ZIWIPEAK CAT CANNED FOOD. GRAIN FREE, OF COURSE.
This review is for the CANNED Ziwipeak product. The review on dehydrated Ziwipeak venison is coming soon! It’s now sittiing quietly in my cupboard, hoping I will pick it up…soon…
ZIWIPEAK IS PREMIUM FOOD. It costs about $6 each at Pet Lovers Centre, and comes in 6.5 oz cans. That’s slightly bigger than your usual Wellness Core cans, which comes in 5.5 oz. I really hope that the 12oz tinned food will come in because it’s simply more economical to buy the 12 oz tinned food.
Here is the can, looking all smug in its $6 glory. You can almost hear it sneer: beat it, cheaper 5.5oz foods!
A fat tin. I chose the Venison flavour because as the blue tin, Vension and Fish…has, well, fish. Fish is not good for cats because 1.) it is highly allergenic and 2.) is high in phosphorous, which means an increased risk of Urinary Tract Infection.
Urinary Tract Infection is not fun, for both the owner and the cat. So as a general rule, I don’t feed my cats fish. And I get annoyed when I see tins upon tins of FISH, FISH AND FISH. C’mon! What about those who don’t want to feed their pets fish? Or who swore, by the deathbowl of their dying goldfish pal, that they would never touch another fish as long as they lived?
Anyway. Venison was once considered a ‘rare’ game meat, but these days it is quite common.
Venison is low in fat, so if your cat is fat, as Max is, or if your cat is prone to being rotund, as Max also is, venison is a good choice. Unfortunately, venison isn’t available cheaply in its raw form in Singapore: you’ll mostly find venison in canned and kibble, but rarely in it’s raw form. It’s just a muse for now. so perhaps buying a fat $6 grain-free Ziwipeak can will have to do for now. Still, if you have the budget for raw vension, go for it!
Here is a place to get raw venison:
These places do not sell raw venison at time of writing:
- Fairprice finest
- Jason’s Market Place
- Big Dog B.A.R.F (in any case, Big Dog. B.A.R.F has its own problems. Will blog about that another time)
For now, here is what Ziwipeak Venison (canned) looks like. Not particularly tasty-looking, but I’m used to brown goopy cat food. Smells gamey, of course, but not as strong as lamb.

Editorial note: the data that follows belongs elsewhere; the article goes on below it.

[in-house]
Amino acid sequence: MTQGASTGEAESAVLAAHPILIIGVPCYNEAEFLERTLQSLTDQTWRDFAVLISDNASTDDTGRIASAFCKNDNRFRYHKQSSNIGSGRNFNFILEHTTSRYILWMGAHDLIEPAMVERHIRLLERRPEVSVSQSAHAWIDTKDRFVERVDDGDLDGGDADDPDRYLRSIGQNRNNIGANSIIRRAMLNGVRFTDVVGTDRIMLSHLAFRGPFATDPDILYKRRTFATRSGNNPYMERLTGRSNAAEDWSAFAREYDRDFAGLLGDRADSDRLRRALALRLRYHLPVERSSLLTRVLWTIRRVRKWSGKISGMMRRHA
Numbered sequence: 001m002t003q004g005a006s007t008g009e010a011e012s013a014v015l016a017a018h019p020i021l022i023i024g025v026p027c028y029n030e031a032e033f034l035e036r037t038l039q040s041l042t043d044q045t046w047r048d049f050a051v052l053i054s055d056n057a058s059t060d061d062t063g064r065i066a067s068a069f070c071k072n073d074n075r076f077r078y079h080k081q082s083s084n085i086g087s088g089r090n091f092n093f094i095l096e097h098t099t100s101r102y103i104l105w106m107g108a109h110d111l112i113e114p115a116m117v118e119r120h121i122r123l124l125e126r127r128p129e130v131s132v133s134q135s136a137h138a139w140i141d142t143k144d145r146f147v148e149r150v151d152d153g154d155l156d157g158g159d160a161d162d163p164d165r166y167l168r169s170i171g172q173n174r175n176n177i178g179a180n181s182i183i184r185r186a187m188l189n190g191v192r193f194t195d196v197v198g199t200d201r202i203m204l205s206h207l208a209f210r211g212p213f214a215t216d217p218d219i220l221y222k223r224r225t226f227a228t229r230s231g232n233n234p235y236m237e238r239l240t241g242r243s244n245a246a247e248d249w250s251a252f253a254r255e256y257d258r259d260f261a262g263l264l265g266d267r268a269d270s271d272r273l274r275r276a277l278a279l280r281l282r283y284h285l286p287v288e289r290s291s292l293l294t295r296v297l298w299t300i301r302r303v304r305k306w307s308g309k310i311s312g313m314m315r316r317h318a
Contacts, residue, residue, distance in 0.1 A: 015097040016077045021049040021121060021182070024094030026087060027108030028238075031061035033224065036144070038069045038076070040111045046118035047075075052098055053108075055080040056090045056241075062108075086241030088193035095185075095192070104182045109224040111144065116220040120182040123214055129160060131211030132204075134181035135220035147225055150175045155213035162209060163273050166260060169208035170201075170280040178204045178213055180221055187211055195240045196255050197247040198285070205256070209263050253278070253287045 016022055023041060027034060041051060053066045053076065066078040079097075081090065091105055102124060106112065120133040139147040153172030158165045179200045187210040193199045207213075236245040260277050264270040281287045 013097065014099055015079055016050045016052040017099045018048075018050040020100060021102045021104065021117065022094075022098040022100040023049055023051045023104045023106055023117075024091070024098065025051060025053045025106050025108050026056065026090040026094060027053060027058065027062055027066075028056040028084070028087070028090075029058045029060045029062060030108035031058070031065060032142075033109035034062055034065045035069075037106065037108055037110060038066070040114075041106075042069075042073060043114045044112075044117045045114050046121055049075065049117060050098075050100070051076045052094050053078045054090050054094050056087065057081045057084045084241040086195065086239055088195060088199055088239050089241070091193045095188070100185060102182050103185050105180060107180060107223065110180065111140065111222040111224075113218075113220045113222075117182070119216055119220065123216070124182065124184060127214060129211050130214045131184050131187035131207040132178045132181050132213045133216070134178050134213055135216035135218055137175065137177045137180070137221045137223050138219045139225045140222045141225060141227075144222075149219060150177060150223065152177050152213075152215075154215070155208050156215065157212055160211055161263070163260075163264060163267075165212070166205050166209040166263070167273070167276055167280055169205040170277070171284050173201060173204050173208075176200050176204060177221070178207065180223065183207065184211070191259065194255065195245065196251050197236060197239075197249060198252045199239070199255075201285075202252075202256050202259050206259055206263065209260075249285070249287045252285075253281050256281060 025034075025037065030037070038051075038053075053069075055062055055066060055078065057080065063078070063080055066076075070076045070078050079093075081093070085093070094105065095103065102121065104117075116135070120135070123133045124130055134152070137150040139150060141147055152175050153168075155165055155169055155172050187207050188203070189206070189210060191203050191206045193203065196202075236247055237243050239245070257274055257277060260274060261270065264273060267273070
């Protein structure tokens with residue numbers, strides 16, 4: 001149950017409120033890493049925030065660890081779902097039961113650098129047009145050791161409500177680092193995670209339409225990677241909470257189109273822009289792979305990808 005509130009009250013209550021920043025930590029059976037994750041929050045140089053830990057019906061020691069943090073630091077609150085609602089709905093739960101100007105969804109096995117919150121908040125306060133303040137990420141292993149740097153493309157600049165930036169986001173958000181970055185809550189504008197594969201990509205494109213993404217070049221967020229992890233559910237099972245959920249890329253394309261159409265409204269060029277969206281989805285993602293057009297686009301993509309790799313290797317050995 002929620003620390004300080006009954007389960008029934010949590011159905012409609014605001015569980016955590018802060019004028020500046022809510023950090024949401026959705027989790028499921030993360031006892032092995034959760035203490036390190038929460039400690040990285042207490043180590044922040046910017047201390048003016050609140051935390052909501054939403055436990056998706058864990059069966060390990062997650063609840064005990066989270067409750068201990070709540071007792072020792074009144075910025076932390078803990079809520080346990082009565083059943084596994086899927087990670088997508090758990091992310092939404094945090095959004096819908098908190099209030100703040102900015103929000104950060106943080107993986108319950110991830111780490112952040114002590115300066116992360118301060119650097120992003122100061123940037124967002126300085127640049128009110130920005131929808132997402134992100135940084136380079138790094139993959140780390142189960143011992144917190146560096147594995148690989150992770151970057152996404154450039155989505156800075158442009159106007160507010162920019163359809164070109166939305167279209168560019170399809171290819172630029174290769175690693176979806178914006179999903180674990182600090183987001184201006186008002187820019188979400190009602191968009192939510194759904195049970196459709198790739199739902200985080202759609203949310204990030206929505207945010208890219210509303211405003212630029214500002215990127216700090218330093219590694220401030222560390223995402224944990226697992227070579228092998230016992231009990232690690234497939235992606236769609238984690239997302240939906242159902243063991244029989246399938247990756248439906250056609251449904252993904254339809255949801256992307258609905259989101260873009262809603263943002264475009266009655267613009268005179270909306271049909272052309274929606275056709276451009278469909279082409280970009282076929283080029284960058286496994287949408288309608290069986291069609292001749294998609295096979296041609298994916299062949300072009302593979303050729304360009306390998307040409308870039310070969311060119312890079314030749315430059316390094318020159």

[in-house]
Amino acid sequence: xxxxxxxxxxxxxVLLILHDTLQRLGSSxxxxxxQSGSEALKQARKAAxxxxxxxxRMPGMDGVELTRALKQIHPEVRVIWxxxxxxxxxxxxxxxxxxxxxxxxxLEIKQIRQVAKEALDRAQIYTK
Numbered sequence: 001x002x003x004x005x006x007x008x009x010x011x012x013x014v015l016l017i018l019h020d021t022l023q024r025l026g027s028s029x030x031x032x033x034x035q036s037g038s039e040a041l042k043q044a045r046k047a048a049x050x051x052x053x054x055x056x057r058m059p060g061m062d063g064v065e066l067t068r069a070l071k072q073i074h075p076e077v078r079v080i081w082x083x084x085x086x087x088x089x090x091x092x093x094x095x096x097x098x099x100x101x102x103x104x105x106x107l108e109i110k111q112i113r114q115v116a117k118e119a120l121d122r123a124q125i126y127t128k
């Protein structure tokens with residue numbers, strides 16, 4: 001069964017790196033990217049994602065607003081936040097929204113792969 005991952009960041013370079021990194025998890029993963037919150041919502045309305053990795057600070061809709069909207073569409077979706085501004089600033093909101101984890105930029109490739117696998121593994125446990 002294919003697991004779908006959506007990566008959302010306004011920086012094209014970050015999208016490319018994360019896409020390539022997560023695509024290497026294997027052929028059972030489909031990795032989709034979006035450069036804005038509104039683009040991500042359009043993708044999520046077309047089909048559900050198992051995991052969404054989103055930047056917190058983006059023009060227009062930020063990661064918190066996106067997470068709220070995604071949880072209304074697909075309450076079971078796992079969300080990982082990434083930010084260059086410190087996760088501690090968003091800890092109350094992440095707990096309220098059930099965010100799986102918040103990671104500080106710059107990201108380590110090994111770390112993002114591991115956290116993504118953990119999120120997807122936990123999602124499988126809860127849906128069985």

Goop In A Can! To quote Ziwipeak.com,
”Each can of ZiwiPeak Cuisine is retort-cooked in its own sterile container to preserve the nutritional integrity of the raw ingredients. The cans we use have a BPA free food contact lining to ensure the contents are as safe and natural as possible.The canned ZiwiPeak Cuisine contains a minimum of 66% raw meat, with the balance being moisture and other essential vitamins and minerals like in the dry cuisine.”
66% raw meat! That’s a whole lot of protein more than your average cat canned food. But then again, it IS $6.
$6 can buy you about 500 grams of pork or chicken, by the way. It is on the whole cheaper to feed raw. And there’s just something ironic about me buying Ziwipeak just because it was COOKED to preserve the integrity of the RAW ingredients…but there are times when I absolutely don’t have the time to prepare raw, so Ziwipeak is good.
Oddly enough, the goop feels hard and chunky. You know that you’re getting real meat and not just some jelly-mash concoction. Can you also see the white specks? Those are fine bone fragments, which is needed for calcium. Most Singapore raw feeders don’t have a grinder of their own to process meat AND bone together, and unless your cat will eat chunks of bone-in-meat, such as chicken necks or backs, it may be difficult to get any bone inside them at all.
Tilted the spoon a little to show you how chunky it is…
In its original form. I usually add water into whatever the cats eat to ensure that they get more moisture, but for the purpose of this post, I have left it as it is. I will show you their soupy dinners next time.
Now…for the test! As you can see, a certain greedy feline is already hooked.